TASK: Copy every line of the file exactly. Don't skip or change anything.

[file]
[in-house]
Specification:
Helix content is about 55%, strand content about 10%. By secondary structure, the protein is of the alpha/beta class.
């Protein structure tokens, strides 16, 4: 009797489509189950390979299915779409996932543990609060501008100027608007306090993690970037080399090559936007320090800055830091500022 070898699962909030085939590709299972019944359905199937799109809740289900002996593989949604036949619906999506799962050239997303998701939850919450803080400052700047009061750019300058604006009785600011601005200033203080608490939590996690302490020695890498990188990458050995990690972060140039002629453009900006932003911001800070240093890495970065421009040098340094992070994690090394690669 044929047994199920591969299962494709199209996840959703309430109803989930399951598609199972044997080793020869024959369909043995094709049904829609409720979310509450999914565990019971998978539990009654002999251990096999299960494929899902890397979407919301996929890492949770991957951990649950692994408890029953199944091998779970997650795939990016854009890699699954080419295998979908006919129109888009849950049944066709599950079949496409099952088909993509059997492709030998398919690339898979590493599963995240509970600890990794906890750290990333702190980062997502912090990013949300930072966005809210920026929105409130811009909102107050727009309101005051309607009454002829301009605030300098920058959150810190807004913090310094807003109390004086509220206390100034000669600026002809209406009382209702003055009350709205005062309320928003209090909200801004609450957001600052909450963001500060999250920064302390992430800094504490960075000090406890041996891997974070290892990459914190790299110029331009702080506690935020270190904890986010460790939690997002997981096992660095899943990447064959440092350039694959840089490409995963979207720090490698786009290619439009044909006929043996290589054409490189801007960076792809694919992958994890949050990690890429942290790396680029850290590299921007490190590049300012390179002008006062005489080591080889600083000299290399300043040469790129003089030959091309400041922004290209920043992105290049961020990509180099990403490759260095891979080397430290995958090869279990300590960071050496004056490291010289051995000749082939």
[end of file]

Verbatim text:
[in-house]
Specification:
Helix content is about 55%, strand content about 10%. By secondary structure, the protein is of the alpha/beta class.
């Protein structure tokens, strides 16, 4: 009797489509189950390979299915779409996932543990609060501008100027608007306090993690970037080399090559936007320090800055830091500022 070898699962909030085939590709299972019944359905199937799109809740289900002996593989949604036949619906999506799962050239997303998701939850919450803080400052700047009061750019300058604006009785600011601005200033203080608490939590996690302490020695890498990188990458050995990690972060140039002629453009900006932003911001800070240093890495970065421009040098340094992070994690090394690669 044929047994199920591969299962494709199209996840959703309430109803989930399951598609199972044997080793020869024959369909043995094709049904829609409720979310509450999914565990019971998978539990009654002999251990096999299960494929899902890397979407919301996929890492949770991957951990649950692994408890029953199944091998779970997650795939990016854009890699699954080419295998979908006919129109888009849950049944066709599950079949496409099952088909993509059997492709030998398919690339898979590493599963995240509970600890990794906890750290990333702190980062997502912090990013949300930072966005809210920026929105409130811009909102107050727009309101005051309607009454002829301009605030300098920058959150810190807004913090310094807003109390004086509220206390100034000669600026002809209406009382209702003055009350709205005062309320928003209090909200801004609450957001600052909450963001500060999250920064302390992430800094504490960075000090406890041996891997974070290892990459914190790299110029331009702080506690935020270190904890986010460790939690997002997981096992660095899943990447064959440092350039694959840089490409995963979207720090490698786009290619439009044909006929043996290589054409490189801007960076792809694919992958994890949050990690890429942290790396680029850290590299921007490190590049300012390179002008006062005489080591080889600083000299290399300043040469790129003089030959091309400041922004290209920043992105290049961020990509180099990403490759260095891979080397430290995958090869279990300590960071050496004056490291010289051995000749082939």